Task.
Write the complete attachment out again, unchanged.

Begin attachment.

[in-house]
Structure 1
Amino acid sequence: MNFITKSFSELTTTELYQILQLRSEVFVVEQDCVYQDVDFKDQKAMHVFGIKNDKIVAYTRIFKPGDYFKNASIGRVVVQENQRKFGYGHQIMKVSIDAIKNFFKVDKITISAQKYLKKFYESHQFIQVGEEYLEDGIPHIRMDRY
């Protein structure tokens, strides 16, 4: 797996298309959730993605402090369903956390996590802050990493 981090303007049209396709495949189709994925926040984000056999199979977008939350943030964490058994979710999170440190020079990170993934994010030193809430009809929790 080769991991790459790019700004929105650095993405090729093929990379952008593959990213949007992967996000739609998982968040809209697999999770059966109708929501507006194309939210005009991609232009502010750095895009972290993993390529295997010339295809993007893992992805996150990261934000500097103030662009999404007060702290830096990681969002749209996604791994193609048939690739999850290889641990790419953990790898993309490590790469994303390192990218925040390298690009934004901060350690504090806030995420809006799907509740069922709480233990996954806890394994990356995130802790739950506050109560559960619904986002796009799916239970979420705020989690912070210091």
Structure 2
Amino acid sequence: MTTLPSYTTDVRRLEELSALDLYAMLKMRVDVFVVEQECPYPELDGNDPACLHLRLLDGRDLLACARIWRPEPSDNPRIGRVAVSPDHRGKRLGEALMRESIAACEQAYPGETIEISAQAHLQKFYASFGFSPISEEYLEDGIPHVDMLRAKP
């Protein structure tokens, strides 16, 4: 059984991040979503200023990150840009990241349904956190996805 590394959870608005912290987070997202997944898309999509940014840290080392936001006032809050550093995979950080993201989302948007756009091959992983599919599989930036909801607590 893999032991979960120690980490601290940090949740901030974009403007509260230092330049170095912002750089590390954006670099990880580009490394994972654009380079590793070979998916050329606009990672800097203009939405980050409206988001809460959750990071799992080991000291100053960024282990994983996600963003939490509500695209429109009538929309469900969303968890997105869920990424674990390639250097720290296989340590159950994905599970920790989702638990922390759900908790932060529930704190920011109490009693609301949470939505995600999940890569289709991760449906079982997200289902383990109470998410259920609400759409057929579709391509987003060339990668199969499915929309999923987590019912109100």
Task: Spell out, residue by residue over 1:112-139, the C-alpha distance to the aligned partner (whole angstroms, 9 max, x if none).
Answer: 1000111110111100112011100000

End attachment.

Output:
[in-house]
Structure 1
Amino acid sequence: MNFITKSFSELTTTELYQILQLRSEVFVVEQDCVYQDVDFKDQKAMHVFGIKNDKIVAYTRIFKPGDYFKNASIGRVVVQENQRKFGYGHQIMKVSIDAIKNFFKVDKITISAQKYLKKFYESHQFIQVGEEYLEDGIPHIRMDRY
């Protein structure tokens, strides 16, 4: 797996298309959730993605402090369903956390996590802050990493 981090303007049209396709495949189709994925926040984000056999199979977008939350943030964490058994979710999170440190020079990170993934994010030193809430009809929790 080769991991790459790019700004929105650095993405090729093929990379952008593959990213949007992967996000739609998982968040809209697999999770059966109708929501507006194309939210005009991609232009502010750095895009972290993993390529295997010339295809993007893992992805996150990261934000500097103030662009999404007060702290830096990681969002749209996604791994193609048939690739999850290889641990790419953990790898993309490590790469994303390192990218925040390298690009934004901060350690504090806030995420809006799907509740069922709480233990996954806890394994990356995130802790739950506050109560559960619904986002796009799916239970979420705020989690912070210091």
Structure 2
Amino acid sequence: MTTLPSYTTDVRRLEELSALDLYAMLKMRVDVFVVEQECPYPELDGNDPACLHLRLLDGRDLLACARIWRPEPSDNPRIGRVAVSPDHRGKRLGEALMRESIAACEQAYPGETIEISAQAHLQKFYASFGFSPISEEYLEDGIPHVDMLRAKP
């Protein structure tokens, strides 16, 4: 059984991040979503200023990150840009990241349904956190996805 590394959870608005912290987070997202997944898309999509940014840290080392936001006032809050550093995979950080993201989302948007756009091959992983599919599989930036909801607590 893999032991979960120690980490601290940090949740901030974009403007509260230092330049170095912002750089590390954006670099990880580009490394994972654009380079590793070979998916050329606009990672800097203009939405980050409206988001809460959750990071799992080991000291100053960024282990994983996600963003939490509500695209429109009538929309469900969303968890997105869920990424674990390639250097720290296989340590159950994905599970920790989702638990922390759900908790932060529930704190920011109490009693609301949470939505995600999940890569289709991760449906079982997200289902383990109470998410259920609400759409057929579709391509987003060339990668199969499915929309999923987590019912109100």
Task: Spell out, residue by residue over 1:112-139, the C-alpha distance to the aligned partner (whole angstroms, 9 max, x if none).
Answer: 1000111110111100112011100000